Viticulturist and Vineyard Hand

Note: Completion of a TAFE SA course does not guarantee an employment outcome. Formal requirements other than educational qualifications (eg licensing, professional registration), may apply to some occupations.

Job Prospects
Openings 5 years to 2020: < 1 000
Salary Range
Median weekly earnings: $600 per week to 1400 (Source: )
WHAT IS A FINE MEAL WITHOUT FINE WINE?... incomplete, if you asked a viticulturist or vineyard hand.

There are approximately 180 people working as viticulturists and vineyard hands in South Australia. While there exists the possibility for seasonal part-time work, majority of viticulturists and vineyard hands work full-time. Most persons in this occupation are females. The median age of those employed is 30 years
  • If you've been to the Barossa Valley, Clare or McLaren Vale regions recently, you probably enjoyed driving past rows of grapevines, and a growing number of wineries where you can indulge in wine tastings and enjoy a bite to eat. It's viticulturists and vineyard hands who play a major role in their establishment and operation.

  • Increasingly, to become a vineyard hand, you are required to complete some formal training. Of those currently employed in this area 33% have Bachelor Degrees; 12% have Advanced Diplomas or Diplomas; 9% have Post-Graduate Degrees; and 7% have either Graduate Diploma or Graduate Certificate. Around 29% of people employed in these occupations have no post-school qualifications. It is recommended that you gain the available qualifications to get the best possible chance of employment.

    TAFE SA offers courses relevant to this occupation including the Diploma of Viticulture. Other courses associated with this occupation include the Certificate II in Wine Industry Operations and Diploma of Food and Wine Management.

    SA Apprenticeships are available in this occupation for further information go to the Traineeship & Apprenticeship Services Website at or phone the Freecall number 1800 673 097.

  • Most positions for viticultural hands tend to be seasonal and on a casual basis, with demand strongest over the pruning and harvesting periods. There is a serious shortage of well trained workers in this area, and undertaking formal training will enhance opportunities for employment in the longer term. The viticulture industry has been one of Australia's fastest growing rural-based industries which has resulted in a strong demand for workers.

    South Australia has long had an exceptional reputation for producing great wine. In more recent times, however, the industry has slowed due to a surplus of grapes - white, more so than red - in the local market. This slower pace is expected to continue for several years yet as this surplus situation evens itself out.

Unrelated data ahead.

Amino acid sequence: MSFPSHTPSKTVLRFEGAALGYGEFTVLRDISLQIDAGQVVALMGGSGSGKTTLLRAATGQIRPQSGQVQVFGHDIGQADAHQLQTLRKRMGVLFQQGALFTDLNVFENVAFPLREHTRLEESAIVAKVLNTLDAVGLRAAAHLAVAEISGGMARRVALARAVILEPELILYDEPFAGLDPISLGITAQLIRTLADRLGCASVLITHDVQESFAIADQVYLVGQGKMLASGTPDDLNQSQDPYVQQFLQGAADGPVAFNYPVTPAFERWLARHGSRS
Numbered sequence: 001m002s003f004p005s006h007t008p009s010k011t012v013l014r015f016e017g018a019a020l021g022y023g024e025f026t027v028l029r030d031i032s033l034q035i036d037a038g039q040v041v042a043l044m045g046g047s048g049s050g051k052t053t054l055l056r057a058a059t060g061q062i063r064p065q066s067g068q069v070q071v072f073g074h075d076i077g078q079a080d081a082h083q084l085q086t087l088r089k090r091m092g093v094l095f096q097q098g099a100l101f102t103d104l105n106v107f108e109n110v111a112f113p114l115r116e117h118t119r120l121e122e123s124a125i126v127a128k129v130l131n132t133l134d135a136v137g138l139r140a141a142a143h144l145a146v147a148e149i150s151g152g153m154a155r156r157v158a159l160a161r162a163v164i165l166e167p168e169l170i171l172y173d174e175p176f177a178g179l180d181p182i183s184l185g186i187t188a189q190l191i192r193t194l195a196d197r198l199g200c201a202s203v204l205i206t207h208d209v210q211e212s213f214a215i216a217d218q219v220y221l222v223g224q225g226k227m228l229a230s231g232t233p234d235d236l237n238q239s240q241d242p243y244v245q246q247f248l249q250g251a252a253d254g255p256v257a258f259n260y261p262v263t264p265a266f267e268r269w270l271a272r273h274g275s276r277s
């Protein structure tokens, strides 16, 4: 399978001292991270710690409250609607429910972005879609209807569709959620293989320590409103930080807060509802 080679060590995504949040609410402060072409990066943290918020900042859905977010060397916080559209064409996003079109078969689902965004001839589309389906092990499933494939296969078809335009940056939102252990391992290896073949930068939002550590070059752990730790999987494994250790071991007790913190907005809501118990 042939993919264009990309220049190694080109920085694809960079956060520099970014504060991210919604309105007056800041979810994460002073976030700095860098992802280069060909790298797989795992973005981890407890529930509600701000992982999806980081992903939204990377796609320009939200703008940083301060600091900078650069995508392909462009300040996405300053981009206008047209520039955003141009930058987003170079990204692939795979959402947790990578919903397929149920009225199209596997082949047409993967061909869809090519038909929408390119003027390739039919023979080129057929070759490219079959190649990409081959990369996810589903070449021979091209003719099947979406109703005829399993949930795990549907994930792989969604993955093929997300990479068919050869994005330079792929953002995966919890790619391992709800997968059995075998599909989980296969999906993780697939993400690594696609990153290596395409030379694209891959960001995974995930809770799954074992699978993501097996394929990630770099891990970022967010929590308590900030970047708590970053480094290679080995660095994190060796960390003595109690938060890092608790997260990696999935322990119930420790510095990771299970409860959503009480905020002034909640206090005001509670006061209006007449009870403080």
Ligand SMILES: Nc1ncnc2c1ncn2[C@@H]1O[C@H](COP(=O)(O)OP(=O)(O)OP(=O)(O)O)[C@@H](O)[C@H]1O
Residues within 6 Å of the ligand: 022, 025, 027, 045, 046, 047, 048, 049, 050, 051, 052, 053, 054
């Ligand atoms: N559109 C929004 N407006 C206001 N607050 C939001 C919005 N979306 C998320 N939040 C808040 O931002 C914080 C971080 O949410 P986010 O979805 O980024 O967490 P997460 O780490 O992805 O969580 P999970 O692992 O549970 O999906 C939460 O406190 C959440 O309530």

• The viticulturist is the decision maker when it comes to the 'how' and 'why' of grape growing. They are responsible for creating optimum conditions for the growing and harvesting of the grapes. They monitor the soil, determine the best irrigation strategy for the vines, and decide on the disease and pest control program for the vineyard. On smaller vineyards, viticulturists also undertake a more hands on role, similar to that of a vineyard hand. Under the instruction of the viticulturist, vineyard hands prepare the ground for planting, fertilise and oxygenate the soil using a hoe or tractor and install irrigation systems and trellises for the vines.

  • Following the spring planting, vineyard hands train the vines to grow along trellises, so that all the grapes can be accessed. To keep plants healthy, weeding and spraying for harmful insects is undertaken. Vineyard hands will also plant cover crops on the ground, which retain soil nutrient levels and help to prevent weed growth. Then, its a matter of maintaining the vines until its time to harvest in late summer to autumn. In winter, vines are pruned to cut away old growth and to encourage new growth. It seems a vineyard hand's work is never done!

  • One local viticulturist couple says that it's being able to see the rewards of their labour that makes them enjoy their work so much. 'You really need to have a love of plants, vine products and an interest in how plants flourish. A willingness to work outdoors, and a sense of pleasure in working and communicating with people is also necessary'.

    For further information, contact:

    SA Wine Industry Association Inc
    National Wine Centre, Botanic Rd, Adelaide SA 5000
    Ph: (08) 8222 9277
    Fax: (08) 8222 9276

    National Wine Centre of Australia
    Botanic Rd Adelaide SA 5000
    Ph: (08) 8222 9222
    Fax: (08) 8222 9201
    Internet Address:

    Australian Wine and Brandy Corporation
    PO Box 2733 Kent Town, BC SA 5071
    Ph: (08) 8228 2000
    Fax: (08) 8228 2022

Further Information

For further information about all TAFE SA Courses, phone 1800 882 661 or enquire online